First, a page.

In addition to eating less, you can also expend more energy (exercise) which will widen the gap between how many calories you burn and eat. This balanced approach of eating less AND moving more will yield the best, healthiest and longest lasting result. Problems arise with weight loss strategies when dieters rely too much on cutting calories rather than also exercising more.

A key factor that helps determine how your body burns your fuel,(food) is called your metabolism

Your metabolism can be described as the sum of all the energy needed in the body. Your body needs the energy to digest & absorb food, support the brain, heart, liver, kidneys and other organs, repair damaged tissue, move your blood around, by having your heart pumping and you're moving around (physical activity). Even without exercise, your body still has a need for energy to simply keep you alive. Your metabolism or daily energy needs are not set in stone. Instead, your metabolism is fluid and can speed up or slow down based on inputs such as the amount of food eaten and exercise performed.

Cutting your calorie intake drastically is a bad weight loss strategy for a number of reasons. The main reason is that cutting calories drastically is not sustainable. The changes you need to make to cut 1,000 or more calories from your daily intake is too much for you to handle. Taking this path might last a few days or even a few weeks but eventually, your diet will prove too much and the changes you have made will lead to a failed diet. Once you go back to your old ways, the weight will come right back on. Remember hearing the term sea-saw dieting, this is it.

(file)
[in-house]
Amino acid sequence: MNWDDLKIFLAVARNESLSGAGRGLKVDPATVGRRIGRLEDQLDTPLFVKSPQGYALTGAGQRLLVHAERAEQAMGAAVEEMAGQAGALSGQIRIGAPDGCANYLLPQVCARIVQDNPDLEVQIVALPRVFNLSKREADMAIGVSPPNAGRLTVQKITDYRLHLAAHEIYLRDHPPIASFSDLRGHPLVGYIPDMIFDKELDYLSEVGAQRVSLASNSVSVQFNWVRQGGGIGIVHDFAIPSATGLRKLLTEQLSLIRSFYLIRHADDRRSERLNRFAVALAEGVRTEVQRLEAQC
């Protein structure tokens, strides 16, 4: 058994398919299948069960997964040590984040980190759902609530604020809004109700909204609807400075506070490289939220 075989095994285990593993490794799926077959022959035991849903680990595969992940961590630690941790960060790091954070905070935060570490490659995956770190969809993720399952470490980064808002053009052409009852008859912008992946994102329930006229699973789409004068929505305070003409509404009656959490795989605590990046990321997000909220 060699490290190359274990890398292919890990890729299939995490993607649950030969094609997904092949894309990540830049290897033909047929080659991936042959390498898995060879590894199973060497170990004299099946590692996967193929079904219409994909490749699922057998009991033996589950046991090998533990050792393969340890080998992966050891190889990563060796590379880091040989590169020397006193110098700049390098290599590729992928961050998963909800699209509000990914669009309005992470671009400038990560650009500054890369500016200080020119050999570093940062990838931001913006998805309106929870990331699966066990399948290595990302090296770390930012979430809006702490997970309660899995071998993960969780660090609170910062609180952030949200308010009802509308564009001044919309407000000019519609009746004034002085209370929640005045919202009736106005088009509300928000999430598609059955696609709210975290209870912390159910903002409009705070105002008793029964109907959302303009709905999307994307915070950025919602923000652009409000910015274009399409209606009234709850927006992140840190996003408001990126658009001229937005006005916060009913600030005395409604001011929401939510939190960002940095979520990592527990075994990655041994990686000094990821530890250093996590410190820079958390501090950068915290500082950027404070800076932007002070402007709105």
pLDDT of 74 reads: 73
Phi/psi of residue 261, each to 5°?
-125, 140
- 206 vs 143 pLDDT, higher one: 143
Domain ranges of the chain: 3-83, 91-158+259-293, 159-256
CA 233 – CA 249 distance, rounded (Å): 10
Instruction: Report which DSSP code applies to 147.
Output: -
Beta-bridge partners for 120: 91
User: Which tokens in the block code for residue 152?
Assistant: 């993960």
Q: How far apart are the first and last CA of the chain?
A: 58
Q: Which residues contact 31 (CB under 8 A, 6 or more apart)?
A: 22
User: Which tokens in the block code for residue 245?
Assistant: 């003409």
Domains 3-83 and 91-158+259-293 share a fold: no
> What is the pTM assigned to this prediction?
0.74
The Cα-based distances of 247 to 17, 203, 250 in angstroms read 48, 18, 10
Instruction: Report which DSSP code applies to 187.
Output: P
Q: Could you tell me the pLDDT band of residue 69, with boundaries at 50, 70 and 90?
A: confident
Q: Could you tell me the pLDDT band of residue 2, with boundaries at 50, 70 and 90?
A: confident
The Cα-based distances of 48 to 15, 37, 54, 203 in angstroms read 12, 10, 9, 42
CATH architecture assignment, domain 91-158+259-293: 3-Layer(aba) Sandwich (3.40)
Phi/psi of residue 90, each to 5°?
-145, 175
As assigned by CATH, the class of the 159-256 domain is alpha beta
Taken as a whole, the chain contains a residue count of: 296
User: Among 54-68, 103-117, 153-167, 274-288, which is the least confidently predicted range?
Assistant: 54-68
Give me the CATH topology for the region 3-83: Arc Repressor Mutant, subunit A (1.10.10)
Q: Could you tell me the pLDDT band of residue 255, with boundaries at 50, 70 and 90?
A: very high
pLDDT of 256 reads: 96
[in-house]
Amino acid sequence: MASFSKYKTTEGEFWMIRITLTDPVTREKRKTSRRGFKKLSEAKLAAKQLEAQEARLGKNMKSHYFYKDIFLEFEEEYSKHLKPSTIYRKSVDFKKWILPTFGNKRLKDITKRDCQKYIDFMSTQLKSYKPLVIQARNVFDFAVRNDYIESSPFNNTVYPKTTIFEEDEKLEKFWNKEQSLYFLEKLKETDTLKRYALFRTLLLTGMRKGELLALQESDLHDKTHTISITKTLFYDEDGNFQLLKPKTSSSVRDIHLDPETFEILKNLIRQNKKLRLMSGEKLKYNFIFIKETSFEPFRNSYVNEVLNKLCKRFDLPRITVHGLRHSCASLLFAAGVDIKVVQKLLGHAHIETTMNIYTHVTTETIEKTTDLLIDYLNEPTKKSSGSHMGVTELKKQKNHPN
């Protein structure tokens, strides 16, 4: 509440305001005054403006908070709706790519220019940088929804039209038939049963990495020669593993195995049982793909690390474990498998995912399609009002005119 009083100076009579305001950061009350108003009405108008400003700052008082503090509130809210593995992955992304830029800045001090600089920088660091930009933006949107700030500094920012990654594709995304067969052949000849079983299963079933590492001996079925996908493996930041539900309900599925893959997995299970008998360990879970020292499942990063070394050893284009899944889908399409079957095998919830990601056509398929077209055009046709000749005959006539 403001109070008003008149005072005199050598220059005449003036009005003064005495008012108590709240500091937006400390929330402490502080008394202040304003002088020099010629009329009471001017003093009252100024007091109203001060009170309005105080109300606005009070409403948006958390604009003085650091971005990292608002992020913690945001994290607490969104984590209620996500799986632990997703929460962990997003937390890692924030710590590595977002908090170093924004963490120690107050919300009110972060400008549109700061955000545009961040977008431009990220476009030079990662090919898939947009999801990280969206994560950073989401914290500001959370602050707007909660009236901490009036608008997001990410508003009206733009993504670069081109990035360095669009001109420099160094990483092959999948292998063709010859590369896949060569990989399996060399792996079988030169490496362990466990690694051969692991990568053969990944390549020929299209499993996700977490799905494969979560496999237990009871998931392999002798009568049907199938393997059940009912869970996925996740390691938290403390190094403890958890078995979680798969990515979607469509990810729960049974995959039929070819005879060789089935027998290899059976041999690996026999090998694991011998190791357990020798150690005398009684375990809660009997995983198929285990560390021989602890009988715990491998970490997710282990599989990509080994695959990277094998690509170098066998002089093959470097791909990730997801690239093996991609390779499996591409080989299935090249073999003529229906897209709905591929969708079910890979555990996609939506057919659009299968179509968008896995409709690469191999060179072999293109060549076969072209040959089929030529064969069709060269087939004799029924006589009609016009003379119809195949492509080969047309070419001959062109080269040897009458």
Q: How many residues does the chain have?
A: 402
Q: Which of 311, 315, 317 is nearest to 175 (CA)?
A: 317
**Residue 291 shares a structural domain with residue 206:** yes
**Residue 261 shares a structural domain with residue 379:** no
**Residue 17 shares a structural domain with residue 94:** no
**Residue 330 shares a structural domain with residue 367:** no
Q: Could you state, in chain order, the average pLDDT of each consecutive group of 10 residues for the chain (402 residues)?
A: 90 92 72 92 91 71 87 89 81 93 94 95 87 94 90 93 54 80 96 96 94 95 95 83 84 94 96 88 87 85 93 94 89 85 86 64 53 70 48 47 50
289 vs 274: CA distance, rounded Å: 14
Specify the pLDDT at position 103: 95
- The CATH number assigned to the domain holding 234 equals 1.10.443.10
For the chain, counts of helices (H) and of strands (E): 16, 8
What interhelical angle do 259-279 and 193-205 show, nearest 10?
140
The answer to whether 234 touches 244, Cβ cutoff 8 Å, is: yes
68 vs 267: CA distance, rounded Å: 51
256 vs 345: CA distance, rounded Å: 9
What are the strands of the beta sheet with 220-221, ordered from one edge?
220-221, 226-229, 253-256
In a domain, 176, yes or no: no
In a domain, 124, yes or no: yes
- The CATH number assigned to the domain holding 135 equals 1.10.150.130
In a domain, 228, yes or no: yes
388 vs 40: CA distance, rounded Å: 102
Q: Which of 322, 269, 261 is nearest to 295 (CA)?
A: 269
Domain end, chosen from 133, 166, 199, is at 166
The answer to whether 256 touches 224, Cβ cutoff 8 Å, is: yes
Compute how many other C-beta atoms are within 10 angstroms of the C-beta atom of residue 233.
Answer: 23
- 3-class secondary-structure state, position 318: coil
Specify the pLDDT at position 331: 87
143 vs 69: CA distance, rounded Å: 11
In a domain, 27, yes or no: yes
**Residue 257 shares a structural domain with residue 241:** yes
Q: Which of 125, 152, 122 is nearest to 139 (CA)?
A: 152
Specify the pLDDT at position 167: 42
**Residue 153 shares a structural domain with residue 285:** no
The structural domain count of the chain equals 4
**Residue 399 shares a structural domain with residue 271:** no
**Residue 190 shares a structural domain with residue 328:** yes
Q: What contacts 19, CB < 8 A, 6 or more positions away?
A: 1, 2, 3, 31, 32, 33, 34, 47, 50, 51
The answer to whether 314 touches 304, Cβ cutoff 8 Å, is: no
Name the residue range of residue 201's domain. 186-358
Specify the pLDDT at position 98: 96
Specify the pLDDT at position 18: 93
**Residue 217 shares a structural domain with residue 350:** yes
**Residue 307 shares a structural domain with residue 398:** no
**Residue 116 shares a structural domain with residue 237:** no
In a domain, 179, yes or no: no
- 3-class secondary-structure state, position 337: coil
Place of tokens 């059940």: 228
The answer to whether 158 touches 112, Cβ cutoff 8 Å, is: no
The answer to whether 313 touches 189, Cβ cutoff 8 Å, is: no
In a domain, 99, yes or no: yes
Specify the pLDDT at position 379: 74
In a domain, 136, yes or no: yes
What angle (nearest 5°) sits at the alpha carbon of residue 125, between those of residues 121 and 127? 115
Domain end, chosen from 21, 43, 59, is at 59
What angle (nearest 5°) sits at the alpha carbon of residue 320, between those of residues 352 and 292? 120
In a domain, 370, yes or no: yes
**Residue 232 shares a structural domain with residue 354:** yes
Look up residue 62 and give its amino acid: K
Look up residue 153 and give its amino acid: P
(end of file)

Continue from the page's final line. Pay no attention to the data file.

Another reason that a drastic calorie cut is a bad idea is nutrient intake. Your body needs a certain amount of vitamins and minerals each day to support normal bodily functions including energy metabolism, immune functions, and tissue repair. The typical American diet is already deficient in many nutrients. Reason being, most of our foods that we eat in the old US of A, are processed. This means they've been white-washed. Or cleaned up for us to eat. This has been done over the years by companies, and even farmers who use different treatments to first the soil, then in the processing, packaging the food so that it lasts longer on the grocery shelves or in the meat cases. Because of this, we are getting less, raw nutrients with our food.  Eating less, on a crash diet, will further decrease your intake which can lead to some inconvenient if not serious health issues. Slower, more sustainable weight loss options that include exercise will lead to healthier and more long lasting results.

Losing weight by moderately cutting your calorie intake and increasing your physical activity will yield the best results. Moderately cutting your calorie intake will not have the same negative consequences (starvation mode) involved in drastically cutting your calories. While cutting calories can negatively impact your metabolism, increasing your physical activity level can do the opposite.

Exercising burns calories because moving requires energy. The more you move, the more calories you burn. In addition to the calories you burn while exercising, your metabolism is also increased for 24-48 hours after you stop exercising. Physical activity speeds up your metabolism even after you stop exercising due to the recovery phase of the exercise. The recovery phase of exercise involves repairing damage sustained to the muscle fibers while working out and replenishing energy stores used up during exercise. All of this burns calories.

So, the key word here is "Balance", it seems a little funny doesn't it, that word "Balance", If we really think about it, having a balance in our lives can solve almost all of our problems. From keeping your work stress in "Balance" to balancing your time so you spend enough of it with your family.  Keeping your eating, and physical activity in balance with one another will create the right combination to make sure that you Will lose weight, the right way!

 

 

 

 

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How a Heart Rate Monitor Can Help You Burn the Right Calories!

Posted on April 12, 2017 by Beth Hartman